I think it is well beyond the point where I can safely say that the Loui Eriksson experiment in Vancouver has failed. The Canucks signed Eriksson to a massive 6 year deal back in 2016 that was worth a whopping $36 million, and it is a move that has haunted the fan base ever since. Eriksson never lived up to the hype that earned him that contract and, while it may be less egregious than some of the other deals signed during the now infamous free agency period of 2016, the deal has become a heavy burden on the Canucks roster, one that will only become that much more significant given that the salary cap will not be going up for at least the next 2 seasons.
So what do you do with Eriksson? A buyout would seem like the most likely option moving forward but due to the signing bonus structure of Eriksson's contract the Canucks would not see a great deal of savings on the deal. In the first year of the buyout the Canucks would effectively save no money, less than $400,000 to be exact, and that would only increase slightly in the second year of the buyout with $2.4 million in savings. Following that the Canucks would then have Eriksson on the books for 2 extra seasons at roughly $700,000 per season, not exactly a sexy option for the Canucks.
That only leaves the option of a potential trade, but there are hurdles for the Canucks down that path as well. First and foremost you will need to find a team willing to take on that contract in this current climate. This means that the pool of teams capable of taking on his deal will be extremely limited, giving significantly more bargaining power to the teams the Canucks would be looking to make a deal with. It should come as no surprise then that it appears the cost for getting rid of Eriksson will be a piece of the team's future. A recent report from Canucks insider Rick Dhaliwal has revealed that at the trade deadline the Canucks were in talks regarding a trade of Loui Eriksson, however teams were asking for defenseman Brogan Rafferty and center Adam Gaudette to be added as sweeteners to that deal.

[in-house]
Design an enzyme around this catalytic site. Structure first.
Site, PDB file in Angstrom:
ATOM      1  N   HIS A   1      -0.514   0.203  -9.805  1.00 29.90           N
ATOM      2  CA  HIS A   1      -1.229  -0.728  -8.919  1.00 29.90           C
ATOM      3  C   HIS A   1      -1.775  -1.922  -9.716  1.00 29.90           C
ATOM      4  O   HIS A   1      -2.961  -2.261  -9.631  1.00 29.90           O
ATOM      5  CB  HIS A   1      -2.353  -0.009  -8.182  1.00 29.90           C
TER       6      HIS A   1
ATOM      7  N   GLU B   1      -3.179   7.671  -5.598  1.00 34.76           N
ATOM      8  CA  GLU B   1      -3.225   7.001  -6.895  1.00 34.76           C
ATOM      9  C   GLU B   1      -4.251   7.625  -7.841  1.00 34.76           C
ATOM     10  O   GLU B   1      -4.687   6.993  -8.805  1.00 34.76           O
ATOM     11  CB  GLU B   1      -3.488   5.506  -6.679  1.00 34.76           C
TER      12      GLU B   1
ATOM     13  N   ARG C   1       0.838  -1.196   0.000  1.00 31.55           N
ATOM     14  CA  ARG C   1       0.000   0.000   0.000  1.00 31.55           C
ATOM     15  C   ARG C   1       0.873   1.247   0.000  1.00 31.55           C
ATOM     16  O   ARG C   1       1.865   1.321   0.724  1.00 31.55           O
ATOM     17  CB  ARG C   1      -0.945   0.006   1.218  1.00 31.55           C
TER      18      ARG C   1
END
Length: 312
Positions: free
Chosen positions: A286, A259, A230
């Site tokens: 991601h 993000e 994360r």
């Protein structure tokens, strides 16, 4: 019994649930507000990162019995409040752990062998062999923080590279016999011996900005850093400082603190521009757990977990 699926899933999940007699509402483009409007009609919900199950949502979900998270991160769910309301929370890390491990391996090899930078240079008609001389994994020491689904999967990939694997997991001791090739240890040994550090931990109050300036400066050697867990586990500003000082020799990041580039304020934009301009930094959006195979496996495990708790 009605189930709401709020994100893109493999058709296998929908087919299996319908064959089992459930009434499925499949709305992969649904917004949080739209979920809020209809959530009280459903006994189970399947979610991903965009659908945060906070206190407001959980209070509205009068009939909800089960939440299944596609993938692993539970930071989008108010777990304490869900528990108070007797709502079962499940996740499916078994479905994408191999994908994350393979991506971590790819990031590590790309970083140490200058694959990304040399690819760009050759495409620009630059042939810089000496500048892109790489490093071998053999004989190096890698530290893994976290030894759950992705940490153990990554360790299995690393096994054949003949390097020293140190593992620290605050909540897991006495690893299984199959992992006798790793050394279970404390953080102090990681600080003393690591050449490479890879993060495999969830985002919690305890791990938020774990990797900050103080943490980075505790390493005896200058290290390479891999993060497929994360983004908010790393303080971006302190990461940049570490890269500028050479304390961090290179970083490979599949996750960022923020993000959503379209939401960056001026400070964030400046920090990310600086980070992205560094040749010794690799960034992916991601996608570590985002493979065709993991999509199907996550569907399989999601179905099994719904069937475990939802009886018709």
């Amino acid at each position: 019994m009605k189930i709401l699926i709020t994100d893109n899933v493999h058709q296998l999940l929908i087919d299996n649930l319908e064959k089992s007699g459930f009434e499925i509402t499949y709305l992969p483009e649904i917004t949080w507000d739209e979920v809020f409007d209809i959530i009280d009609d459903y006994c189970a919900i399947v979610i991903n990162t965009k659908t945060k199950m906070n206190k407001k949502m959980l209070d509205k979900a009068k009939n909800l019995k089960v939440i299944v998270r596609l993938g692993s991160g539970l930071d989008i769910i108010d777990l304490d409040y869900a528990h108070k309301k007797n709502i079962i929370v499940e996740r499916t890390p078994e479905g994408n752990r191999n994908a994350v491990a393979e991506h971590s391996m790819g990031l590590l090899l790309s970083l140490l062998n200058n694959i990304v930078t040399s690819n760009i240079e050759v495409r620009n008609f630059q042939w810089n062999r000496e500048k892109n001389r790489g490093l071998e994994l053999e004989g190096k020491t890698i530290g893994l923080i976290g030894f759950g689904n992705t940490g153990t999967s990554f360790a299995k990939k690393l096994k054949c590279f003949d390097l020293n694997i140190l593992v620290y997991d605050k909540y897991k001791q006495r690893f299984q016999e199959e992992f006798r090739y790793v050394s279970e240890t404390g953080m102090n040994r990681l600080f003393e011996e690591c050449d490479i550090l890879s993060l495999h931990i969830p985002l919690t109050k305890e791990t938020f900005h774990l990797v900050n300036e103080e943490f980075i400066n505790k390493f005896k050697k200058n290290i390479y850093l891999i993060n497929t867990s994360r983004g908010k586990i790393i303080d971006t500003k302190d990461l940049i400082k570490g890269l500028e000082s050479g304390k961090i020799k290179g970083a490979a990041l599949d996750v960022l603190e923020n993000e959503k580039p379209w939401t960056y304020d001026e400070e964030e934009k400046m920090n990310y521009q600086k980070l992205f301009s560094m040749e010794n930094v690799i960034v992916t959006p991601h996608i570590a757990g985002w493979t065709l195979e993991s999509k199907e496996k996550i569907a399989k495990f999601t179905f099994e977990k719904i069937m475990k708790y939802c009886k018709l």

The Canucks never did pull the trigger on the trade, but they could have never anticipated the situation becoming much worse in short order due to COVID-19. They may now have less leverage than ever before in an Eriksson trade and it may be a trade that they need to make now more than ever.